What or who has in fact disappeared from Budapest’s streets to make them so empty?

The primeval scene I had of this cinema was that of empty streets suddenly run over by a herd of street dogs. For me, an empty street of a down-town quarter means some kind of fear. A kind of postapocalyptic phenomenon. The respectable well-to-do intolerant, the racist, they who soothe their inferiority complexes by discriminating against others have got filled with terror: what comes next might be their fate.

In American cinema, dogs tend to be a reassuring member of the family. Do they have the same status in Hungary? Compared to the symbolic function attributed to horses, we don’t remember dogs with such a role in Hungarian films, except when they are wandering around village streets.

I wouldn’t call this an American speciality. For me, a dog is part and parcel of the family. Actually, that is what they consider themselves to be. They feel content and comfortable if their rank, rights, limits, and responsibilities within the family they belong to are obvious for them. White God tells a tale in which a dog, a true member of a family becomes an outcast and has to go on his moral travels. It is not easy for him to accommodate himself to the circumstances, i.e., his dispossession of rights.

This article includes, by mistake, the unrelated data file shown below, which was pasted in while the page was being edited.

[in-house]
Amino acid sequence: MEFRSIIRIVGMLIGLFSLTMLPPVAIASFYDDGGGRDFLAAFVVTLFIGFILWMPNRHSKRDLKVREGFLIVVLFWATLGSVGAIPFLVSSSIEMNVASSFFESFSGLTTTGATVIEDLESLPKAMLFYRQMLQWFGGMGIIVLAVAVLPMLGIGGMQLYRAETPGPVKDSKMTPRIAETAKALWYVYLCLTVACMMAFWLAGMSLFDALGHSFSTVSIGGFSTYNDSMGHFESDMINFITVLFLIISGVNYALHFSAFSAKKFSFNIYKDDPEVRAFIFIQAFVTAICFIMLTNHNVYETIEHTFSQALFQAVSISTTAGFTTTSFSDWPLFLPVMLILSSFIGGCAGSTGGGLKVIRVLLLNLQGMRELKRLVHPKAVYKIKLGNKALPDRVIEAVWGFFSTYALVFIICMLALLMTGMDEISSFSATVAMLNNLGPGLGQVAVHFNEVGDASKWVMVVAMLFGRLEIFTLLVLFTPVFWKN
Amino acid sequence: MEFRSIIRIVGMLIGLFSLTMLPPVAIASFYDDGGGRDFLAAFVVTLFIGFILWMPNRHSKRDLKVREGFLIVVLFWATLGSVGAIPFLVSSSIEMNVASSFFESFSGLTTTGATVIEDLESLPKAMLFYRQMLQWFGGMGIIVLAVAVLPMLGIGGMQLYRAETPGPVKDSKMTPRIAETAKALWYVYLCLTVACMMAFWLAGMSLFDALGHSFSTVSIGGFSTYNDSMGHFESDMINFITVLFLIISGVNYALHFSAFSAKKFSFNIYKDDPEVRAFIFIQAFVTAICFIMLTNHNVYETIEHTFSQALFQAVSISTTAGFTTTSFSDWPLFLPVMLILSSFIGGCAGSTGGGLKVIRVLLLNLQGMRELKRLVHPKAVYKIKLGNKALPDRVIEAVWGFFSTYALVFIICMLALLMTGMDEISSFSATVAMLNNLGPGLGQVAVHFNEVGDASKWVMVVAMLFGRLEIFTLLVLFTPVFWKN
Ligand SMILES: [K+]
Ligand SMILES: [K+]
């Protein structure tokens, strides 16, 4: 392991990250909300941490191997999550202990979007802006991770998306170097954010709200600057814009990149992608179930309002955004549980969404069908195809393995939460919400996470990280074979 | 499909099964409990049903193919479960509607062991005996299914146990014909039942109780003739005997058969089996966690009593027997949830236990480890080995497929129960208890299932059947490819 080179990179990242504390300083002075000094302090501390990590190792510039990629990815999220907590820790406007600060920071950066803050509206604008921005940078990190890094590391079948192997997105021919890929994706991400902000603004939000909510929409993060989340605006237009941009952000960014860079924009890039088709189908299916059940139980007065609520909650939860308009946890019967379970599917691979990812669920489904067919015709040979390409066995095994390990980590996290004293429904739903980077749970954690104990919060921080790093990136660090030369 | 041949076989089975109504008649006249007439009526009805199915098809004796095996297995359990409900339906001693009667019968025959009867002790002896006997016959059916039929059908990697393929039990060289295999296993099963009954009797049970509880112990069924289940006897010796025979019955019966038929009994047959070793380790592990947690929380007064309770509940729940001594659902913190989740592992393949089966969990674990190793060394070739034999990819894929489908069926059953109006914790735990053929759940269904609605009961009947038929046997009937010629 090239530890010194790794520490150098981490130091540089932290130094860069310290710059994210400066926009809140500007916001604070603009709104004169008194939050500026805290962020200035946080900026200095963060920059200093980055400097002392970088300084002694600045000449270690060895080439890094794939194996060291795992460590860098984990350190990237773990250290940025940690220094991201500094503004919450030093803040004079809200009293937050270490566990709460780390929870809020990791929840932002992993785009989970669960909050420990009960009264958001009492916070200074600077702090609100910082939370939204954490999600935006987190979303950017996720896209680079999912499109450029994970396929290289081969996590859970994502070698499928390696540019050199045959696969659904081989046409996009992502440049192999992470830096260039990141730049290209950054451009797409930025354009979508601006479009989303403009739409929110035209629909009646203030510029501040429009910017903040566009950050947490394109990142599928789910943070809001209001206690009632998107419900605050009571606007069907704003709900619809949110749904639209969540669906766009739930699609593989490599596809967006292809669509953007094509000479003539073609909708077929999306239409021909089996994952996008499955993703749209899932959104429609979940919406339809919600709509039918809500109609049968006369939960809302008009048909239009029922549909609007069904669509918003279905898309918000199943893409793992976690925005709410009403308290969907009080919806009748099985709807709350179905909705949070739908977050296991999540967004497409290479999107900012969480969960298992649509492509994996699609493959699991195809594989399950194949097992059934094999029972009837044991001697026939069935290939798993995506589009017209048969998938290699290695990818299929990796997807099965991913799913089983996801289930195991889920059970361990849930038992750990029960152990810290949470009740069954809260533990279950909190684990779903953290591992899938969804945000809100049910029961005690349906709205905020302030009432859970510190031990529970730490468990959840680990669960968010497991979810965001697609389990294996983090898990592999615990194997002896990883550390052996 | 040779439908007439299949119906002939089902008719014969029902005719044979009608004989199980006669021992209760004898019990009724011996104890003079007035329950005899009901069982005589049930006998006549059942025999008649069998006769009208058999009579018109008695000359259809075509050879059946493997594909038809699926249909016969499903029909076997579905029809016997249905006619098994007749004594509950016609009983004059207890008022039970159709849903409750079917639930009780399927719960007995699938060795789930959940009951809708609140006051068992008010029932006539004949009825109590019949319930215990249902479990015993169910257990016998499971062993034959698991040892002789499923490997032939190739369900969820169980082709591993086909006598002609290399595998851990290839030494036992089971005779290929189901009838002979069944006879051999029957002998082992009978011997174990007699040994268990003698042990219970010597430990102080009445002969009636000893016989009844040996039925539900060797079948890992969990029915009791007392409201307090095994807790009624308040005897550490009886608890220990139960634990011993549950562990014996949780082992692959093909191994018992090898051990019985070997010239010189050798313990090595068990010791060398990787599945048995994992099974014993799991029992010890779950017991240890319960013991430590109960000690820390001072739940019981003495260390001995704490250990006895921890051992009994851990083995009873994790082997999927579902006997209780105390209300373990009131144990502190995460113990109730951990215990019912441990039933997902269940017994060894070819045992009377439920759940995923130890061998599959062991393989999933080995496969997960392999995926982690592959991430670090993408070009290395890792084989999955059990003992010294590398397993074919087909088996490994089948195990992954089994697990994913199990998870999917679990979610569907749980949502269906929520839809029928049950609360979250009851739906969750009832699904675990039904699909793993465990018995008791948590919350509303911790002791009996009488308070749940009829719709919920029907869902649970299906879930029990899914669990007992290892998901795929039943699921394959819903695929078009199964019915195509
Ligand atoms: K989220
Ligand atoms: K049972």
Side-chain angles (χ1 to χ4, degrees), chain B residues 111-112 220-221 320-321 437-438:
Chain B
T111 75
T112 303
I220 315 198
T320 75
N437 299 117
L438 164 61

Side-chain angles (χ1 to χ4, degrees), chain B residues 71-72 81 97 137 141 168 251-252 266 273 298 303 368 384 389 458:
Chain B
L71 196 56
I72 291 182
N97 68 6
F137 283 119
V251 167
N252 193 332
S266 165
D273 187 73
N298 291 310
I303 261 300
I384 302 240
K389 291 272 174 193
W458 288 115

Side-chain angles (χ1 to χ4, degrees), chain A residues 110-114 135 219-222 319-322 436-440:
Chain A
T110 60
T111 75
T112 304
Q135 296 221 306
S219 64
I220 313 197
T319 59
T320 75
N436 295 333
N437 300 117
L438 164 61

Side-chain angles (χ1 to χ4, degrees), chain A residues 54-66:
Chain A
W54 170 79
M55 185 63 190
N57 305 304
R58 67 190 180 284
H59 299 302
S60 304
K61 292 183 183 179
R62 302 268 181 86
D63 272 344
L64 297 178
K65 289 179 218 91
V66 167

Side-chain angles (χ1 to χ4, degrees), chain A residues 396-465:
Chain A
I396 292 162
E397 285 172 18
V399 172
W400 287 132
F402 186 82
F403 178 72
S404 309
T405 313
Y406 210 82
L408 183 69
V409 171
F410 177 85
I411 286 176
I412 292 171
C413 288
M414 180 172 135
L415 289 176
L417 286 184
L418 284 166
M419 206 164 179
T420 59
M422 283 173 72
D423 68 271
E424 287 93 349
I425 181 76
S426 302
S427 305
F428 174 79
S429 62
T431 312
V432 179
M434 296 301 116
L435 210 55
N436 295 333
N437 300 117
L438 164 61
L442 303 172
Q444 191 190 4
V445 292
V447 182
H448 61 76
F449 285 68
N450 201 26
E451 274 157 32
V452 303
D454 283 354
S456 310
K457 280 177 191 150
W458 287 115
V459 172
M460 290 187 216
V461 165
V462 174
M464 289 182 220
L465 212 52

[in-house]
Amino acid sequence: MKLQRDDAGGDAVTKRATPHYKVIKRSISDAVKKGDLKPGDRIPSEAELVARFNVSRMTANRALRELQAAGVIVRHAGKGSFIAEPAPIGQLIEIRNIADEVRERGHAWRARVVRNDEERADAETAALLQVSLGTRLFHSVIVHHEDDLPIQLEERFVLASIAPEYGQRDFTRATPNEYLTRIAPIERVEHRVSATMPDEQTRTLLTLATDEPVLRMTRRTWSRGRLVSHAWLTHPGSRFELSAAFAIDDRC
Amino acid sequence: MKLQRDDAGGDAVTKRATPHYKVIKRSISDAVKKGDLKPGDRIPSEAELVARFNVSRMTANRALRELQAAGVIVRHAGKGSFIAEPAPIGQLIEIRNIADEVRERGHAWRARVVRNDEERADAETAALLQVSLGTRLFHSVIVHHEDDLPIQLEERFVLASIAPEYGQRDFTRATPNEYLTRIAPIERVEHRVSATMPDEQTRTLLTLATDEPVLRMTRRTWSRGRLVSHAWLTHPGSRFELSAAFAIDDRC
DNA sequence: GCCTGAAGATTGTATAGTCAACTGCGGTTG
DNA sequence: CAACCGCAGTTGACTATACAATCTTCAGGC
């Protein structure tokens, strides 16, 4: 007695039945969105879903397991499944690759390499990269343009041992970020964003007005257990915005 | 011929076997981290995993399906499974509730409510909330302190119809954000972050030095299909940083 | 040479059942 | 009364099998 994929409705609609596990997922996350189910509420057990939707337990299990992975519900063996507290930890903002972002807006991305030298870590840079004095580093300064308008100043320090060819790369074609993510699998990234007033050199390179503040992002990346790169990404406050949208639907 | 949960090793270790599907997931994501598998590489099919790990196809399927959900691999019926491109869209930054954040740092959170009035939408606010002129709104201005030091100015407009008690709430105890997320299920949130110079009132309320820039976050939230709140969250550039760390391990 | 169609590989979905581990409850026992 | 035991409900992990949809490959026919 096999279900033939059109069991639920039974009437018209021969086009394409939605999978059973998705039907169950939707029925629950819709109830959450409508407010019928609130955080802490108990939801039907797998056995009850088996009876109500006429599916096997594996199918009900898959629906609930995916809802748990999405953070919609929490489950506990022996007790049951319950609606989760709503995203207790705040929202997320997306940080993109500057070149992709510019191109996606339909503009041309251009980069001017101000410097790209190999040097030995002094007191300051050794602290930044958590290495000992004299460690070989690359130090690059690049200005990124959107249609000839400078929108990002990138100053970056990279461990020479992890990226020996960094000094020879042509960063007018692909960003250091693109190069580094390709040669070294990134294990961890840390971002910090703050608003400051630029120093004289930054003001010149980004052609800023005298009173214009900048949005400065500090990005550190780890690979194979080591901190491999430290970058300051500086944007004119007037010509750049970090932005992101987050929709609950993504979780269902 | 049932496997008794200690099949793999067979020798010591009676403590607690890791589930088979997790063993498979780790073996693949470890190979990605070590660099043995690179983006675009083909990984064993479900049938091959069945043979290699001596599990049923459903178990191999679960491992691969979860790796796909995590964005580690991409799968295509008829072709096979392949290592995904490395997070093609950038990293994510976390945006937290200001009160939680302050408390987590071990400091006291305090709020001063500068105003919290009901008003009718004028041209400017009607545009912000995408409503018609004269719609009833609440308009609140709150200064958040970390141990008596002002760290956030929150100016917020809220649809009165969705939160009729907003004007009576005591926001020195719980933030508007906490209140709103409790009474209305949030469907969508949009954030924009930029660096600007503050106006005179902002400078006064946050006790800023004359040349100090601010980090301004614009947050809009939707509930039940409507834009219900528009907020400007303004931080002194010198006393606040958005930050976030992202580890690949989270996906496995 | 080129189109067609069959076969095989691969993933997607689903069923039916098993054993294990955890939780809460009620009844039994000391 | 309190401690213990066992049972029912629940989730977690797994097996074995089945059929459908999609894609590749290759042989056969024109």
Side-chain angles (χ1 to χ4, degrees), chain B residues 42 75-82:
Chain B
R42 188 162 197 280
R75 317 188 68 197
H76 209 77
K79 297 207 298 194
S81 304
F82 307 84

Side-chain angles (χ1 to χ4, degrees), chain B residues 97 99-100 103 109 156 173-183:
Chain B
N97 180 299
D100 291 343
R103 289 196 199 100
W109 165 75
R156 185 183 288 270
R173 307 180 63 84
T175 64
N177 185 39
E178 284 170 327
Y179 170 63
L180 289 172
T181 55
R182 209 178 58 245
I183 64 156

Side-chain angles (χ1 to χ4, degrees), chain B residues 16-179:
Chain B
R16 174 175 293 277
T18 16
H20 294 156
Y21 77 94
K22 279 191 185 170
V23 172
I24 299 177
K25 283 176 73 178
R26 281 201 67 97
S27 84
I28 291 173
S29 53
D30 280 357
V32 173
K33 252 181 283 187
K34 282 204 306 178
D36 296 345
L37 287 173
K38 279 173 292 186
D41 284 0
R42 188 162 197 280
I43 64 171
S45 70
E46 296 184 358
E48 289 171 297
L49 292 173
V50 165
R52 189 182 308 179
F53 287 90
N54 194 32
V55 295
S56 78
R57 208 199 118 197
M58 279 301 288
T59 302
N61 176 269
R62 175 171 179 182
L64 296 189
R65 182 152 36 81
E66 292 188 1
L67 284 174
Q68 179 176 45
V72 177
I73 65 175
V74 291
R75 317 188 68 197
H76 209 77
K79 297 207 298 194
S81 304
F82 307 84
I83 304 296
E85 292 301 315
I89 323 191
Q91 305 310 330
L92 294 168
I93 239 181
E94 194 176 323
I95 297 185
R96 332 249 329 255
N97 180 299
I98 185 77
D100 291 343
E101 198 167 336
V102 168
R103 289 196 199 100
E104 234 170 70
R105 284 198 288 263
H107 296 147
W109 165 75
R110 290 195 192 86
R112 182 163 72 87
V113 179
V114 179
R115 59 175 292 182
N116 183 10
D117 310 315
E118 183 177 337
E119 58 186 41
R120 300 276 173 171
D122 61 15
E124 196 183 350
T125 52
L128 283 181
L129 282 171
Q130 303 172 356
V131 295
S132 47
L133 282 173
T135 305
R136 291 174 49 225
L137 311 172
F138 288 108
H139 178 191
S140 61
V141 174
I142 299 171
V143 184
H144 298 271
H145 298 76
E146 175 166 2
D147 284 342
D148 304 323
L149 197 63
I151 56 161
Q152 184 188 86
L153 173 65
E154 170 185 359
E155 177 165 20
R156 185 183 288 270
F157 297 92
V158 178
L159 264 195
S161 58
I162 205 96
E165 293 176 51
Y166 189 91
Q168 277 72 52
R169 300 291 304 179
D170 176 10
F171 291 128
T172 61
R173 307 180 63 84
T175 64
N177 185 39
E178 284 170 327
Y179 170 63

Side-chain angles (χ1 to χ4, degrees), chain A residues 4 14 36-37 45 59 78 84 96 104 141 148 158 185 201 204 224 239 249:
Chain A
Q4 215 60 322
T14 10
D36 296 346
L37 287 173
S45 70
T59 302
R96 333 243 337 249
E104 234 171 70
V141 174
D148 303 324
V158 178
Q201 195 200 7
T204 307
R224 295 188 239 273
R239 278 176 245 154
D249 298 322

Whether peace takes over or not is a question the audience may decide.

Film directors are often asked how they work with children. In this case, what is it like to work with dogs? We know that the labrador Hagen is in fact played by two siblings, but all the others? What role was played by dog trainers and the special effects department?

My basic concept from the very beginning was not to use any special effect or pure breed animal. It was the extraordinary American dog trainer Teresa Ann Miller who found the two protagonists and transformed the two unwanted lost and found siblings into Hagen. The Hungarian professional Árpád Halász and his team offered our crew the uplifting experience of the miracle: 250 depressed victims of dogcatchers developed into a team of merry dogs willing to cooperate during the filming. They actually thought they were playing with one another and our crew. It is also to be honored as their success that with our adoption program each dog found a loving family.